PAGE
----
LAWRENCE —The Spencer Museum of Art will reopen to the public Feb. 20 with two new exhibitions that explore the human body throughout history and across cultures.
Public gallery hours will be from 1 p.m. to 5 p.m. Thursdays through Sundays. Visitors can make a free reservation to explore the galleries, which will have reduced capacity in accordance with public health and safety guidelines.
“Healing, Knowing, Seeing the Body” includes works ranging from ancient to contemporary that demonstrate how understandings of the body and its many complexities have changed over time. The exhibition includes two sound sculptures by Canadian artist Ingrid Bachmann titled “Embrace.” Bachmann’s work is a site-specific installation intended to help viewers calm and center their bodies.
“The Aorta of an Archivist,” an immersive sound and video installation by Houston-based artist Dario Robleto, explores three “firsts” in the history of recording: the first time live music was recorded, the first time brain waves were recorded in a dream state, and the first time a pulse was recorded while the subject listened to music. Robleto’s work humanizes abstract data and prompts viewers to consider what we can and can’t know about our bodies.
Curator Cassandra Mesick Braun said that, together, these two exhibitions examine the tensions between the universality of having a body and the individuality of everyday experience.
“Both of these exhibitions explore how artists can forge connection and community through the works of art they create, which seems particularly relevant during this time of heightened awareness of public health and physical isolation,” Mesick Braun said.
The Spencer Museum commissioned works by Robleto and Bachmann because of their backgrounds collaborating with medical professionals and scholars in other disciplines. Although these projects were planned before the COVID-19 pandemic, Mesick Braun said the current global health crisis informed their work in interesting and unexpected ways.
“Both of these artists work at the intersection of art and medicine, and a goal for these shows was to demonstrate the way that artistic practice can contribute to research and dialogue about health and the human body,” Mesick Braun said.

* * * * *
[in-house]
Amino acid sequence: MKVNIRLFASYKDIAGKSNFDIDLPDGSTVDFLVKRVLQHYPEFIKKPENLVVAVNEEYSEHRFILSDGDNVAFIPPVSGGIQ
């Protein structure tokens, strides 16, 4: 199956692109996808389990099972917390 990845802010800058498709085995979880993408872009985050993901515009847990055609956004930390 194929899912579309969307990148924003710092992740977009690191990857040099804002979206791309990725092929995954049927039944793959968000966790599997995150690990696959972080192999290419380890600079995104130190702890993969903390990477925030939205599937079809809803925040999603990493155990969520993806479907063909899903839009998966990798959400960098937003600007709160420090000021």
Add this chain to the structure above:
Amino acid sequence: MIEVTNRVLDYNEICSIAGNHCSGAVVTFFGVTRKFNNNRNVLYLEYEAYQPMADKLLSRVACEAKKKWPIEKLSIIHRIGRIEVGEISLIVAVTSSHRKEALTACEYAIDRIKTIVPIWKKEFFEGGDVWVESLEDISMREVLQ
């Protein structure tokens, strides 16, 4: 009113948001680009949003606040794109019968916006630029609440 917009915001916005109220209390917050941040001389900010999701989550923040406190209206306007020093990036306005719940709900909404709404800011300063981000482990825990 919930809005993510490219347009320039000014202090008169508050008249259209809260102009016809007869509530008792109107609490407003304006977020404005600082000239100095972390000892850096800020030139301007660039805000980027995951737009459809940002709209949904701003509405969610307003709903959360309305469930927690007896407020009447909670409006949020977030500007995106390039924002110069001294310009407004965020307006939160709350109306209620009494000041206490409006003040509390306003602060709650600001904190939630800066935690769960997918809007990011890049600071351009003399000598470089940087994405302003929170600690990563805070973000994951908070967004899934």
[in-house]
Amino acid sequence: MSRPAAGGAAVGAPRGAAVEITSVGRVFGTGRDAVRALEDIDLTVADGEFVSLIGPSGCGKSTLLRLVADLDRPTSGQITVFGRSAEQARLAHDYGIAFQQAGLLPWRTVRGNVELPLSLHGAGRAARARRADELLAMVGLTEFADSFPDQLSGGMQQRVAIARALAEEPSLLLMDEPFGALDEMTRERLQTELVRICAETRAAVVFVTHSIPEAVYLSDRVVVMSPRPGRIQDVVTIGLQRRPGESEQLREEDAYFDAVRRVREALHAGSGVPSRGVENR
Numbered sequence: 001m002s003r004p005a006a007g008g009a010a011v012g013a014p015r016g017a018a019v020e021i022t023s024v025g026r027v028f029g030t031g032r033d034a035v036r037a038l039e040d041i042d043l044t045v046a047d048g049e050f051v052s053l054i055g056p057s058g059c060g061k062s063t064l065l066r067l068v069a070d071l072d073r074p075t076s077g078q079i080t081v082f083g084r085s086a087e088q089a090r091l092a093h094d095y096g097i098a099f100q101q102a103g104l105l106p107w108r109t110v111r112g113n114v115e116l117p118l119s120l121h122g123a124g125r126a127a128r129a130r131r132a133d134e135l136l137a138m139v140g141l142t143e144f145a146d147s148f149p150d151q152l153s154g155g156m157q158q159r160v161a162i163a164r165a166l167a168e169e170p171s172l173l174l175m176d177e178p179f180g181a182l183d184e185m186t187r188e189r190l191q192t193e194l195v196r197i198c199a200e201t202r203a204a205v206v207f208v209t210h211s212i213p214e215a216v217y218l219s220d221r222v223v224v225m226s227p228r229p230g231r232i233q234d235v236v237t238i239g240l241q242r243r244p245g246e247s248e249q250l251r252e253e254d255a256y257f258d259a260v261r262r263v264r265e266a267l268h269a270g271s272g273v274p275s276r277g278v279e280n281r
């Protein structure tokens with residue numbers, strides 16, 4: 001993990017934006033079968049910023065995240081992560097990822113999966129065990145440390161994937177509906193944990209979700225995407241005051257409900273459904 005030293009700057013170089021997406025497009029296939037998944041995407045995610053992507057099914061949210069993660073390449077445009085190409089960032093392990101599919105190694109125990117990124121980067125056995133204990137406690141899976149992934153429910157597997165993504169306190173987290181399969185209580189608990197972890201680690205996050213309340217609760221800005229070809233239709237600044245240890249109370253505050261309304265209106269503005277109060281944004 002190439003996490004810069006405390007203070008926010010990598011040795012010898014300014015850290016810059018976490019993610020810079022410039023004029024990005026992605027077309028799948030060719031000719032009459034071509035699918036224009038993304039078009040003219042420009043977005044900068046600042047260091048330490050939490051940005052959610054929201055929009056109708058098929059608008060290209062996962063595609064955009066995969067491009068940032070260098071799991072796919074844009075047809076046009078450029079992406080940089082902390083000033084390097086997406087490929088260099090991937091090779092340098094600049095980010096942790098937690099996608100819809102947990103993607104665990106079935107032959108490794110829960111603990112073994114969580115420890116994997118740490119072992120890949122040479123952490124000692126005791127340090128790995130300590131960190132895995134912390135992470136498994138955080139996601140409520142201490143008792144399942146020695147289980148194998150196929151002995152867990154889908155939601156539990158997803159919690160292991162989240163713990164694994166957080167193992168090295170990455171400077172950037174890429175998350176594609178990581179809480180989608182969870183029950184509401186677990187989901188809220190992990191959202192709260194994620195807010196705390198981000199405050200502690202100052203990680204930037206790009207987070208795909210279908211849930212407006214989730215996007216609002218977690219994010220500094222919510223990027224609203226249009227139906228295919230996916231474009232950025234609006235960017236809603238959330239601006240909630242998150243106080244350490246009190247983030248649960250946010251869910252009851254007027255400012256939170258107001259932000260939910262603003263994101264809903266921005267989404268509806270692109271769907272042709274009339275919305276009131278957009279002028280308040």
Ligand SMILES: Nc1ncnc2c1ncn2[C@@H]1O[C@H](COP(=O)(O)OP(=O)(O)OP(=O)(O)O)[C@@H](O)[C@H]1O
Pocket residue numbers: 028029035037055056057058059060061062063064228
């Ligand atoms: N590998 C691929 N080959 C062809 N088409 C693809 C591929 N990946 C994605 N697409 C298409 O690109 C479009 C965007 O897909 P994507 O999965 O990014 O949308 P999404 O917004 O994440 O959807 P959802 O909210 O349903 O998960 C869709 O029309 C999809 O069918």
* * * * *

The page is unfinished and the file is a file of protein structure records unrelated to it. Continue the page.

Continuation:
The public can experience both exhibitions beginning Saturday, along with the rest of the Spencer Museum’s permanent collection galleries. Visitors are highly encouraged to make advance reservations as well as review the museum’s health and safety guidelines. For questions or assistance making a reservation, please contact the Spencer Museum of Art at 785-864-4710.
“Healing, Knowing, Seeing the Body” and “The Aorta of An Archivist” are supported by the National Endowment for the Arts, Kansas Creative Arts Industries Commission, Mid-America Arts Alliance, the International Artist-in-Residence Fund, the Linda Inman Bailey Exhibitions Fund, Anne and Charles Rhoades, the Andrew W. Mellon Foundation, KU Student Senate, KU Research Investment Council, Spencer Museum of Art Marilyn Stokstad Directorship Fund, Olin K. and Mary Ruth Petefish Museum of Art Fund, Mary P. Lipman Children’s Education Fund, the Judith M. Cooke Native American Art Fund, and the Friends of the Art Museum. Ingrid Bachmann received individual support from Canada Council for the commission “Embrace.”
Top image: Dylan Mortimer, “The Ceiling Can’t Hold Us,” 2018, courtesy of the artist.
Right image: Mary Anne Jordan and Andrew Carnie, “untitled,” 2020, courtesy of Andrew Carnie.